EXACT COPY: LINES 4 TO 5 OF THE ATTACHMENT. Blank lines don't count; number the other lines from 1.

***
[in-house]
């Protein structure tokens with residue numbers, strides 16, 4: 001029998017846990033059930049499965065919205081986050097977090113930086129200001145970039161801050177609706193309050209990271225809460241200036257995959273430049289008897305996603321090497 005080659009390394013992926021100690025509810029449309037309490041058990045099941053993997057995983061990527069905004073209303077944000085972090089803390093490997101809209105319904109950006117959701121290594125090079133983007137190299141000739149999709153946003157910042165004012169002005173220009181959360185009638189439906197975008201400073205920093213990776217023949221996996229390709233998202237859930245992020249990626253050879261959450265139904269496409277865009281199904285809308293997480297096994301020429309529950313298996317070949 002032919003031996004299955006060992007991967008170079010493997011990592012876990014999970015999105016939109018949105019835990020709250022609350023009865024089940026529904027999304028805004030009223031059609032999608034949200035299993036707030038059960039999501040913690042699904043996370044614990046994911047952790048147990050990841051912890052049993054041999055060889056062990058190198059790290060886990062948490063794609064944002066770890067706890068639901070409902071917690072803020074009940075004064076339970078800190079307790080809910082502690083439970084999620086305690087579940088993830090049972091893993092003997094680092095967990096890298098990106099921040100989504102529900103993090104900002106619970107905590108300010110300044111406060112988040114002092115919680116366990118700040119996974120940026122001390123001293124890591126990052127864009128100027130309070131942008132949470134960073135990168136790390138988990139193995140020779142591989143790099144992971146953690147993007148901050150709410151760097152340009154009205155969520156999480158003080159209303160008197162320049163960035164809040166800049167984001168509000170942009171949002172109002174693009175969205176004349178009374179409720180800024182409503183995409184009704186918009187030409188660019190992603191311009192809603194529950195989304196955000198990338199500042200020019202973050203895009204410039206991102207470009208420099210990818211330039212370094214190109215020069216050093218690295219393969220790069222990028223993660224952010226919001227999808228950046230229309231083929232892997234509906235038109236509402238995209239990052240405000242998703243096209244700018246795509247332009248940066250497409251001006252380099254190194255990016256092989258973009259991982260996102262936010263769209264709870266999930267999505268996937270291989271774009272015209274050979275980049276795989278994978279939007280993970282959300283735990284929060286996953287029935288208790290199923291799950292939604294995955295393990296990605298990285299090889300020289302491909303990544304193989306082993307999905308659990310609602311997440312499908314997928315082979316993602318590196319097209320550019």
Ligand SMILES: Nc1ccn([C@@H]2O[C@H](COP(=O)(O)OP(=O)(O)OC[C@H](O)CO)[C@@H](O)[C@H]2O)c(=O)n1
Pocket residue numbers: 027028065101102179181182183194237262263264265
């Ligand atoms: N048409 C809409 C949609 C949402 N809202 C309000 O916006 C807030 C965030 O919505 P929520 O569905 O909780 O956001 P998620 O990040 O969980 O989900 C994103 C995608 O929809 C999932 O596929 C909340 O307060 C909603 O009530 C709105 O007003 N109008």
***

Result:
Pocket residue numbers: 027028065101102179181182183194237262263264265
């Ligand atoms: N048409 C809409 C949609 C949402 N809202 C309000 O916006 C807030 C965030 O919505 P929520 O569905 O909780 O956001 P998620 O990040 O969980 O989900 C994103 C995608 O929809 C999932 O596929 C909340 O307060 C909603 O009530 C709105 O007003 N109008």